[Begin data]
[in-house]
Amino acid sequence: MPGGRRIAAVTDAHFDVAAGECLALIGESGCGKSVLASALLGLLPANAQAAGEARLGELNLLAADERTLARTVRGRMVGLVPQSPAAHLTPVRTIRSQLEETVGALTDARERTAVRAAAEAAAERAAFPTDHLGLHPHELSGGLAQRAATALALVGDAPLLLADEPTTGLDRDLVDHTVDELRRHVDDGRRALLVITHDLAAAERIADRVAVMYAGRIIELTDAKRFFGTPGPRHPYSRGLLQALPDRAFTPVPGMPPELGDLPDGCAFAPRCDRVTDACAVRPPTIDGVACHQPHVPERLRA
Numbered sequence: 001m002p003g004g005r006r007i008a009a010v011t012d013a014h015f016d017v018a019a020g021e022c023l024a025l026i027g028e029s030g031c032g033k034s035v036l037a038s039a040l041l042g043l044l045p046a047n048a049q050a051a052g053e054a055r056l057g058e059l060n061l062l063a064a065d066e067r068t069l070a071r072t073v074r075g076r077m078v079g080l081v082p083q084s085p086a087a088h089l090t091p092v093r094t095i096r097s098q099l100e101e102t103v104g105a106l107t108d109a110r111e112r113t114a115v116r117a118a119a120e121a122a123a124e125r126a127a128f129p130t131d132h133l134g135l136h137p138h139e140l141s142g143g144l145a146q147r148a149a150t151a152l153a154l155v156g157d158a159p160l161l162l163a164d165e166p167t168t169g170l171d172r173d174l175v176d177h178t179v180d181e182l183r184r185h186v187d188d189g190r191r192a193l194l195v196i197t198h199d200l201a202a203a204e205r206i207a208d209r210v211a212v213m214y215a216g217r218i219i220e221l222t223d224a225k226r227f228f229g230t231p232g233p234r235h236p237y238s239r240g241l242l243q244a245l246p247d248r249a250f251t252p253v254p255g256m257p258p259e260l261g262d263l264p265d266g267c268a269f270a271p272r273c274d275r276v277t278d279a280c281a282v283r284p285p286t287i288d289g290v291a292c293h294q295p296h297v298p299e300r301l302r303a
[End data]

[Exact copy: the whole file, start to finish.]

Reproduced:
[in-house]
Amino acid sequence: MPGGRRIAAVTDAHFDVAAGECLALIGESGCGKSVLASALLGLLPANAQAAGEARLGELNLLAADERTLARTVRGRMVGLVPQSPAAHLTPVRTIRSQLEETVGALTDARERTAVRAAAEAAAERAAFPTDHLGLHPHELSGGLAQRAATALALVGDAPLLLADEPTTGLDRDLVDHTVDELRRHVDDGRRALLVITHDLAAAERIADRVAVMYAGRIIELTDAKRFFGTPGPRHPYSRGLLQALPDRAFTPVPGMPPELGDLPDGCAFAPRCDRVTDACAVRPPTIDGVACHQPHVPERLRA
Numbered sequence: 001m002p003g004g005r006r007i008a009a010v011t012d013a014h015f016d017v018a019a020g021e022c023l024a025l026i027g028e029s030g031c032g033k034s035v036l037a038s039a040l041l042g043l044l045p046a047n048a049q050a051a052g053e054a055r056l057g058e059l060n061l062l063a064a065d066e067r068t069l070a071r072t073v074r075g076r077m078v079g080l081v082p083q084s085p086a087a088h089l090t091p092v093r094t095i096r097s098q099l100e101e102t103v104g105a106l107t108d109a110r111e112r113t114a115v116r117a118a119a120e121a122a123a124e125r126a127a128f129p130t131d132h133l134g135l136h137p138h139e140l141s142g143g144l145a146q147r148a149a150t151a152l153a154l155v156g157d158a159p160l161l162l163a164d165e166p167t168t169g170l171d172r173d174l175v176d177h178t179v180d181e182l183r184r185h186v187d188d189g190r191r192a193l194l195v196i197t198h199d200l201a202a203a204e205r206i207a208d209r210v211a212v213m214y215a216g217r218i219i220e221l222t223d224a225k226r227f228f229g230t231p232g233p234r235h236p237y238s239r240g241l242l243q244a245l246p247d248r249a250f251t252p253v254p255g256m257p258p259e260l261g262d263l264p265d266g267c268a269f270a271p272r273c274d275r276v277t278d279a280c281a282v283r284p285p286t287i288d289g290v291a292c293h294q295p296h297v298p299e300r301l302r303a